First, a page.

Middle-aged sons and daughters of people with Alzheimer's disease may be able to reduce their risk of getting the disorder through lifestyle measures such as exercise, avoiding gum disease, moderate alcohol consumption and drinking fruit and vegetable juice, according to new research.
Taken as a whole, the research suggests that even though family history may predispose a person to developing Alzheimer's, various behaviors -- if started early enough in life -- may help preserve cognitive function and delay the onset of the disease.
"The best time to intervene is at birth," said Mark Sager, a professor of medicine at the University of Wisconsin at Madison. "What we are hoping is that 55 is not too late."
The lifestyle measures, many of which are also good for the heart, were presented in several studies in Washington yesterday at the Alzheimer's Association's first International Conference on the Prevention of Dementia.
The findings come amid growing concern about a looming surge in Alzheimer's cases in the years ahead as the U.S. population ages. Nearly 5 million people have the disease, and with the vanguard of the baby boom generation turning 60 this year, the number of cases is expected to increase 70 percent by 2020.
Sager presented findings from the ongoing Wisconsin Registry for Alzheimer's Prevention, a study of nearly 500 middle-aged children of Wisconsin residents who had Alzheimer's disease. The children, who now have an average age of 53, have been followed for five years.
So far, moderate drinkers and exercisers have performed better on cognitive tests than non-drinkers and sedentary members of the study.
"It suggests that exercise may be protective," said Sager, director of the Wisconsin Alzheimer's Institute.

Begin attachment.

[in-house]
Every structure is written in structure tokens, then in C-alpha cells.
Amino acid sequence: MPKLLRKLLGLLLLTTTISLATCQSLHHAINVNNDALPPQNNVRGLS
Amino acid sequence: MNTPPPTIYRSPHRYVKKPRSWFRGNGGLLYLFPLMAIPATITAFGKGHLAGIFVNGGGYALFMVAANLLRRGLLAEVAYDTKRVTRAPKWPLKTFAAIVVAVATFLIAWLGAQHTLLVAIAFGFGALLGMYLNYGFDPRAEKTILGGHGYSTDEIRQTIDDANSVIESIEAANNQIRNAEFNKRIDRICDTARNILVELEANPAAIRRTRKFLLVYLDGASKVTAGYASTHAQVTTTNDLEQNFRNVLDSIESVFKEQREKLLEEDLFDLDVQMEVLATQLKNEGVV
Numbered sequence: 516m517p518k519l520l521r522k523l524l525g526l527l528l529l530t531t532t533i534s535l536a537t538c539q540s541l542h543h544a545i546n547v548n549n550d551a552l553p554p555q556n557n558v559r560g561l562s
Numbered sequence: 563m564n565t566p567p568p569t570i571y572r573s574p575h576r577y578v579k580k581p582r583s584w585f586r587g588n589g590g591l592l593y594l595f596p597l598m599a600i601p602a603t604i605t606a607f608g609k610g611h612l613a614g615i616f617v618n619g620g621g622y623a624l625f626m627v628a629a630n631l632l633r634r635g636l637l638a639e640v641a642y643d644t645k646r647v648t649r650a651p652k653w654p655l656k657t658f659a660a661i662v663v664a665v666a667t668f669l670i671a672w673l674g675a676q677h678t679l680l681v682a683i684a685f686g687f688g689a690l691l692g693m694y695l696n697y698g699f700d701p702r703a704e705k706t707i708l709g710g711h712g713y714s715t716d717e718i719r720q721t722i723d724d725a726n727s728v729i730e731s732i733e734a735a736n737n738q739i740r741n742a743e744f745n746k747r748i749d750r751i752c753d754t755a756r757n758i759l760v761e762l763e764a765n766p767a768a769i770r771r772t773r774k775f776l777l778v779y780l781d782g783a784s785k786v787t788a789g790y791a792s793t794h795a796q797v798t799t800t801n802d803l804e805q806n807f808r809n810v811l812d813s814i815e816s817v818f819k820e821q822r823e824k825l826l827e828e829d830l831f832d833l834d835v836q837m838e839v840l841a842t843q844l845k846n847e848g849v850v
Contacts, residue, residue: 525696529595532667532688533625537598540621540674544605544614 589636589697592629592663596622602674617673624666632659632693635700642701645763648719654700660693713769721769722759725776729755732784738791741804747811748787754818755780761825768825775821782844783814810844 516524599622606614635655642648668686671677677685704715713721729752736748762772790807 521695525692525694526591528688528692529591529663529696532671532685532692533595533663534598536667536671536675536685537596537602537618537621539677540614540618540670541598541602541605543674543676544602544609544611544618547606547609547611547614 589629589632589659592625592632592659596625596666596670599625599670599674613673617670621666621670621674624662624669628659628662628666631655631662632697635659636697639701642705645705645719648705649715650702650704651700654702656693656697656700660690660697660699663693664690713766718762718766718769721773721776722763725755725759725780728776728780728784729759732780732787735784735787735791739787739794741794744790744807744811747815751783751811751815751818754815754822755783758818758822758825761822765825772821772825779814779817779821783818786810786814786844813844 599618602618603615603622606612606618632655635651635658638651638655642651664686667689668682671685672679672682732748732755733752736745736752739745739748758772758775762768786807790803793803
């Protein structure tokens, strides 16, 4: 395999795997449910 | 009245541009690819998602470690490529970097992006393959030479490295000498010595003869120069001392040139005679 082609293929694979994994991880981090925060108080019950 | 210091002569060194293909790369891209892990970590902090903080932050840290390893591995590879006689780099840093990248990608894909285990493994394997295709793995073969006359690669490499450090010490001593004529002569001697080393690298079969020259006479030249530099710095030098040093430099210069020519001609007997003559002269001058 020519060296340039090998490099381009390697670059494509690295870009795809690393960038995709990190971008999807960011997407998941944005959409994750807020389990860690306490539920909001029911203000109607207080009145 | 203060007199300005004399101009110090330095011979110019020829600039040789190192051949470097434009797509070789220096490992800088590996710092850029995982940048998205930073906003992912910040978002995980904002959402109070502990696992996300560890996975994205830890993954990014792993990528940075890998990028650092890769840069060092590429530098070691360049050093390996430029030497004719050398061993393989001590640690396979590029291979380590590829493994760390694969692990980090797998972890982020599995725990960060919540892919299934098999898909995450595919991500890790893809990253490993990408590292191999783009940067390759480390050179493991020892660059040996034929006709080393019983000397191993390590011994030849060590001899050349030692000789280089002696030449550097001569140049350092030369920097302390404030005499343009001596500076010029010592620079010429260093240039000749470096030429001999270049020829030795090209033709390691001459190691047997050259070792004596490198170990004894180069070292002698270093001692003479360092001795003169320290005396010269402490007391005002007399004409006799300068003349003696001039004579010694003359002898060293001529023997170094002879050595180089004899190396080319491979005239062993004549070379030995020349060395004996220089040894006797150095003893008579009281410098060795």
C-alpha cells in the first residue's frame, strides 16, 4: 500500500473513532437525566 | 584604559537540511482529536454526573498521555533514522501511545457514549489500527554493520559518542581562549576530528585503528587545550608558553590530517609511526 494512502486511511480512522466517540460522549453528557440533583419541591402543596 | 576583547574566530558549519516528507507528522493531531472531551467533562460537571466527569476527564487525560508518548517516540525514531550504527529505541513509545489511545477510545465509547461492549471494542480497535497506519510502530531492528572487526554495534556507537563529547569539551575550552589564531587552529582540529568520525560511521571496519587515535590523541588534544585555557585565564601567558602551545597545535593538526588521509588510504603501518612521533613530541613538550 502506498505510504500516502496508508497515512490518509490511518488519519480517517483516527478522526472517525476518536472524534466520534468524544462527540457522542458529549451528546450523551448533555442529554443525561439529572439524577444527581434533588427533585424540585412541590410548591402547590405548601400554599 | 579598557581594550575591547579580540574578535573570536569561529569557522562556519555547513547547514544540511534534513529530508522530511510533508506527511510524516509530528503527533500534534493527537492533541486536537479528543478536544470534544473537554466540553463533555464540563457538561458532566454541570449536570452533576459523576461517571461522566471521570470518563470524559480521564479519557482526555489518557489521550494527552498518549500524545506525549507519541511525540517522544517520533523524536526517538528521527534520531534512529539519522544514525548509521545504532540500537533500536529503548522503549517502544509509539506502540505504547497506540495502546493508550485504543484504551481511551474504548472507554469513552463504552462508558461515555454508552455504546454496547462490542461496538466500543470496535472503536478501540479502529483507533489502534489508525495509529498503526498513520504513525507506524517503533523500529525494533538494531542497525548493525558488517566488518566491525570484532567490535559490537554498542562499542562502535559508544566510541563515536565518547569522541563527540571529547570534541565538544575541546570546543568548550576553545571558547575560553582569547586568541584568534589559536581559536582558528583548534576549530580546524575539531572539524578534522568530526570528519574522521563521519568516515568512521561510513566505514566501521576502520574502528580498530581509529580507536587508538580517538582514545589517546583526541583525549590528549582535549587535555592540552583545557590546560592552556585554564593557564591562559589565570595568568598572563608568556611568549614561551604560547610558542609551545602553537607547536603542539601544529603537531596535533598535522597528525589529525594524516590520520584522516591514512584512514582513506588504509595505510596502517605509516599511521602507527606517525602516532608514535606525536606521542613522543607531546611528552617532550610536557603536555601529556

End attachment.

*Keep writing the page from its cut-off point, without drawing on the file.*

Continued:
Moderate drinkers also did better on verbal fluency tests than non-drinkers, he said.
Sager said he would not recommend that people at risk for the disease begin drinking, although he would not discourage anyone who can handle a glass or two of wine a day from drinking. "It's all moderation," he said.
However, a second study suggests that fruit and vegetable juices may be just as effective as alcohol. It looked at juice consumption in 1,800 older Japanese Americans in Seattle. Those who drank at least three glasses of juice a week had 75 percent less risk of developing dementia than those who drank less than one glass a week.
"This is the first study to try to get at polyphenol exposure," said Amy Borenstein of the University of South Florida College of Public Health. Polyphenols, also known as flavonoids, are substances found in plants that have antioxidant properties. Borenstein said polyphenols generally are found in higher concentrations in juices than in whole fruits and vegetables.
A third study followed 109 pairs of identical twins in Sweden to find any lifestyle factors associated with developing dementia.
"Studying twins allows us to isolate genetic and non-genetic factors," said lead author Margaret Gatz of the University of Southern California and Karolinska Institute in Stockholm.
The study found that twins who had suffered a stroke were six times more likely to develop dementia; those who had periodontal disease earlier in life were four times more likely; and those with lower levels of education were 1.6 times more likely.
Gum disease is considered a marker for inflammation, which is believed to play a role in brain cell death. Higher levels of education as well as staying mentally active may help people develop more reserve brain power.
"Good brain health in old age reflects influences that begin much earlier in life," Gatz said.